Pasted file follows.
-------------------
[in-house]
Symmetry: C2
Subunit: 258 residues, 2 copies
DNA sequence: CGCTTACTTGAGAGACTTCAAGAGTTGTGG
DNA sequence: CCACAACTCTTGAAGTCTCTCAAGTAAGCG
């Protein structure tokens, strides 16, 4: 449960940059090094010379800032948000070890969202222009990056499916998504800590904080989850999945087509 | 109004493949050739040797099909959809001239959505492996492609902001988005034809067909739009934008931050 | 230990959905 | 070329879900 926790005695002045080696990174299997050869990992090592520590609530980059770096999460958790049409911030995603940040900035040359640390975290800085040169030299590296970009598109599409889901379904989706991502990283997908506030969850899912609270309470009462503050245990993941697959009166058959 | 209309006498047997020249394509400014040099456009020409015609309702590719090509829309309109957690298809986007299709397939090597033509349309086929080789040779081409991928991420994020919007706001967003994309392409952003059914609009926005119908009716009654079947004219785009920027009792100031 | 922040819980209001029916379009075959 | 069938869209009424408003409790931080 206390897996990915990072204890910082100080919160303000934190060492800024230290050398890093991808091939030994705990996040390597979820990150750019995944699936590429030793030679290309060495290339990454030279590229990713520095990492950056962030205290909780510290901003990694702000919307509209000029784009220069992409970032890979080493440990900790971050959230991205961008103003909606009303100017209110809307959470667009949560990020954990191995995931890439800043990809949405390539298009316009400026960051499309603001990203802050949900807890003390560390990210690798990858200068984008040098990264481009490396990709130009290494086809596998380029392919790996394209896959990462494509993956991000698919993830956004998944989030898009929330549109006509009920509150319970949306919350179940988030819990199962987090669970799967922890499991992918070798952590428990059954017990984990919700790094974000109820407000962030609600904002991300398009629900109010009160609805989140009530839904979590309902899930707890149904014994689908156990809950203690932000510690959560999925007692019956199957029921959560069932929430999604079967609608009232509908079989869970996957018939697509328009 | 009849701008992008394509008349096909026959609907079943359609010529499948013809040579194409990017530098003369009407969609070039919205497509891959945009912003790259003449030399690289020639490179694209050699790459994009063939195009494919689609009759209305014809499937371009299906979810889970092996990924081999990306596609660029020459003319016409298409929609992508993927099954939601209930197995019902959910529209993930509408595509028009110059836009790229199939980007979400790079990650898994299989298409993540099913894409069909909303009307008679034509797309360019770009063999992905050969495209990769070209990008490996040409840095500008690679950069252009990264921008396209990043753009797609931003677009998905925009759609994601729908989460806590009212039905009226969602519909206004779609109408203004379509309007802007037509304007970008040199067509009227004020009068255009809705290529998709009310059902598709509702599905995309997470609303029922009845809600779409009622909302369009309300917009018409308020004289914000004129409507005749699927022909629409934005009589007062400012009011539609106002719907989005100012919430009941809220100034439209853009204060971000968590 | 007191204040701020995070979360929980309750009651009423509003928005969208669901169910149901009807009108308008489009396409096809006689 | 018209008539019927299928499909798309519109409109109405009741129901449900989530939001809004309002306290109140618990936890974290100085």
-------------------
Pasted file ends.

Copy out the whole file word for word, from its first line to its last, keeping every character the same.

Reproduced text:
[in-house]
Symmetry: C2
Subunit: 258 residues, 2 copies
DNA sequence: CGCTTACTTGAGAGACTTCAAGAGTTGTGG
DNA sequence: CCACAACTCTTGAAGTCTCTCAAGTAAGCG
């Protein structure tokens, strides 16, 4: 449960940059090094010379800032948000070890969202222009990056499916998504800590904080989850999945087509 | 109004493949050739040797099909959809001239959505492996492609902001988005034809067909739009934008931050 | 230990959905 | 070329879900 926790005695002045080696990174299997050869990992090592520590609530980059770096999460958790049409911030995603940040900035040359640390975290800085040169030299590296970009598109599409889901379904989706991502990283997908506030969850899912609270309470009462503050245990993941697959009166058959 | 209309006498047997020249394509400014040099456009020409015609309702590719090509829309309109957690298809986007299709397939090597033509349309086929080789040779081409991928991420994020919007706001967003994309392409952003059914609009926005119908009716009654079947004219785009920027009792100031 | 922040819980209001029916379009075959 | 069938869209009424408003409790931080 206390897996990915990072204890910082100080919160303000934190060492800024230290050398890093991808091939030994705990996040390597979820990150750019995944699936590429030793030679290309060495290339990454030279590229990713520095990492950056962030205290909780510290901003990694702000919307509209000029784009220069992409970032890979080493440990900790971050959230991205961008103003909606009303100017209110809307959470667009949560990020954990191995995931890439800043990809949405390539298009316009400026960051499309603001990203802050949900807890003390560390990210690798990858200068984008040098990264481009490396990709130009290494086809596998380029392919790996394209896959990462494509993956991000698919993830956004998944989030898009929330549109006509009920509150319970949306919350179940988030819990199962987090669970799967922890499991992918070798952590428990059954017990984990919700790094974000109820407000962030609600904002991300398009629900109010009160609805989140009530839904979590309902899930707890149904014994689908156990809950203690932000510690959560999925007692019956199957029921959560069932929430999604079967609608009232509908079989869970996957018939697509328009 | 009849701008992008394509008349096909026959609907079943359609010529499948013809040579194409990017530098003369009407969609070039919205497509891959945009912003790259003449030399690289020639490179694209050699790459994009063939195009494919689609009759209305014809499937371009299906979810889970092996990924081999990306596609660029020459003319016409298409929609992508993927099954939601209930197995019902959910529209993930509408595509028009110059836009790229199939980007979400790079990650898994299989298409993540099913894409069909909303009307008679034509797309360019770009063999992905050969495209990769070209990008490996040409840095500008690679950069252009990264921008396209990043753009797609931003677009998905925009759609994601729908989460806590009212039905009226969602519909206004779609109408203004379509309007802007037509304007970008040199067509009227004020009068255009809705290529998709009310059902598709509702599905995309997470609303029922009845809600779409009622909302369009309300917009018409308020004289914000004129409507005749699927022909629409934005009589007062400012009011539609106002719907989005100012919430009941809220100034439209853009204060971000968590 | 007191204040701020995070979360929980309750009651009423509003928005969208669901169910149901009807009108308008489009396409096809006689 | 018209008539019927299928499909798309519109409109109405009741129901449900989530939001809004309002306290109140618990936890974290100085």